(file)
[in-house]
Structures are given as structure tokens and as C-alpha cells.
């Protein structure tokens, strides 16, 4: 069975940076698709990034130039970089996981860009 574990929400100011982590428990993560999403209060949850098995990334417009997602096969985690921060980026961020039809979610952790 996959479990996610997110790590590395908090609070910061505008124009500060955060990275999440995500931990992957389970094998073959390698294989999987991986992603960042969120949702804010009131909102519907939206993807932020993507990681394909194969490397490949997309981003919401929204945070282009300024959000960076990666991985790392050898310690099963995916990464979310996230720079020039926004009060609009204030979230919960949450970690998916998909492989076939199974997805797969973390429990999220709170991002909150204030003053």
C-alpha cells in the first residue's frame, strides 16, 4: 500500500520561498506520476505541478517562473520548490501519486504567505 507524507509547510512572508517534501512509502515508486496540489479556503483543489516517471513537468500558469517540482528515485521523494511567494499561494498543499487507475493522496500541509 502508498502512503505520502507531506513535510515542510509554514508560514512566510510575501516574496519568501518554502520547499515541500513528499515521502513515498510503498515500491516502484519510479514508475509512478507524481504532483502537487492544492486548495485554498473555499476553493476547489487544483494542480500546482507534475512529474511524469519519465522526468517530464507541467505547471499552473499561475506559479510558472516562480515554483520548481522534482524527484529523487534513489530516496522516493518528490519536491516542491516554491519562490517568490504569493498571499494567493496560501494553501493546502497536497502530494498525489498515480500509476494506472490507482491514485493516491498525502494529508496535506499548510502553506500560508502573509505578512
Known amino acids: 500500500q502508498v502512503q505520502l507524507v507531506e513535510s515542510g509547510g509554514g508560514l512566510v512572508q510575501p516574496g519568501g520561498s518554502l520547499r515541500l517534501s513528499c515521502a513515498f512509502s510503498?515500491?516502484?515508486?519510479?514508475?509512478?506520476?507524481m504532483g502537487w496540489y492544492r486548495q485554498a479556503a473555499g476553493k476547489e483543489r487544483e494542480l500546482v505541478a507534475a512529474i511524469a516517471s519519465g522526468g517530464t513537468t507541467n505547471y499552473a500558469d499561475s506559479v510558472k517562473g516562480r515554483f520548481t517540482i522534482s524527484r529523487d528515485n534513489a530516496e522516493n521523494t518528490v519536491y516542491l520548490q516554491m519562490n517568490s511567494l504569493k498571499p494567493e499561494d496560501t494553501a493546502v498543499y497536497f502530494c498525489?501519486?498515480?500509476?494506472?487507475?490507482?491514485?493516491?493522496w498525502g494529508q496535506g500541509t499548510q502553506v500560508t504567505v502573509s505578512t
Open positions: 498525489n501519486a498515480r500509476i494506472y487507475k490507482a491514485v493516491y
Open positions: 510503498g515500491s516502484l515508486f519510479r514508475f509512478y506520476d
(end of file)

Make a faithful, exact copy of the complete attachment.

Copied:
[in-house]
Structures are given as structure tokens and as C-alpha cells.
């Protein structure tokens, strides 16, 4: 069975940076698709990034130039970089996981860009 574990929400100011982590428990993560999403209060949850098995990334417009997602096969985690921060980026961020039809979610952790 996959479990996610997110790590590395908090609070910061505008124009500060955060990275999440995500931990992957389970094998073959390698294989999987991986992603960042969120949702804010009131909102519907939206993807932020993507990681394909194969490397490949997309981003919401929204945070282009300024959000960076990666991985790392050898310690099963995916990464979310996230720079020039926004009060609009204030979230919960949450970690998916998909492989076939199974997805797969973390429990999220709170991002909150204030003053």
C-alpha cells in the first residue's frame, strides 16, 4: 500500500520561498506520476505541478517562473520548490501519486504567505 507524507509547510512572508517534501512509502515508486496540489479556503483543489516517471513537468500558469517540482528515485521523494511567494499561494498543499487507475493522496500541509 502508498502512503505520502507531506513535510515542510509554514508560514512566510510575501516574496519568501518554502520547499515541500513528499515521502513515498510503498515500491516502484519510479514508475509512478507524481504532483502537487492544492486548495485554498473555499476553493476547489487544483494542480500546482507534475512529474511524469519519465522526468517530464507541467505547471499552473499561475506559479510558472516562480515554483520548481522534482524527484529523487534513489530516496522516493518528490519536491516542491516554491519562490517568490504569493498571499494567493496560501494553501493546502497536497502530494498525489498515480500509476494506472490507482491514485493516491498525502494529508496535506499548510502553506500560508502573509505578512
Known amino acids: 500500500q502508498v502512503q505520502l507524507v507531506e513535510s515542510g509547510g509554514g508560514l512566510v512572508q510575501p516574496g519568501g520561498s518554502l520547499r515541500l517534501s513528499c515521502a513515498f512509502s510503498?515500491?516502484?515508486?519510479?514508475?509512478?506520476?507524481m504532483g502537487w496540489y492544492r486548495q485554498a479556503a473555499g476553493k476547489e483543489r487544483e494542480l500546482v505541478a507534475a512529474i511524469a516517471s519519465g522526468g517530464t513537468t507541467n505547471y499552473a500558469d499561475s506559479v510558472k517562473g516562480r515554483f520548481t517540482i522534482s524527484r529523487d528515485n534513489a530516496e522516493n521523494t518528490v519536491y516542491l520548490q516554491m519562490n517568490s511567494l504569493k498571499p494567493e499561494d496560501t494553501a493546502v498543499y497536497f502530494c498525489?501519486?498515480?500509476?494506472?487507475?490507482?491514485?493516491?493522496w498525502g494529508q496535506g500541509t499548510q502553506v500560508t504567505v502573509s505578512t
Open positions: 498525489n501519486a498515480r500509476i494506472y487507475k490507482a491514485v493516491y
Open positions: 510503498g515500491s516502484l515508486f519510479r514508475f509512478y506520476d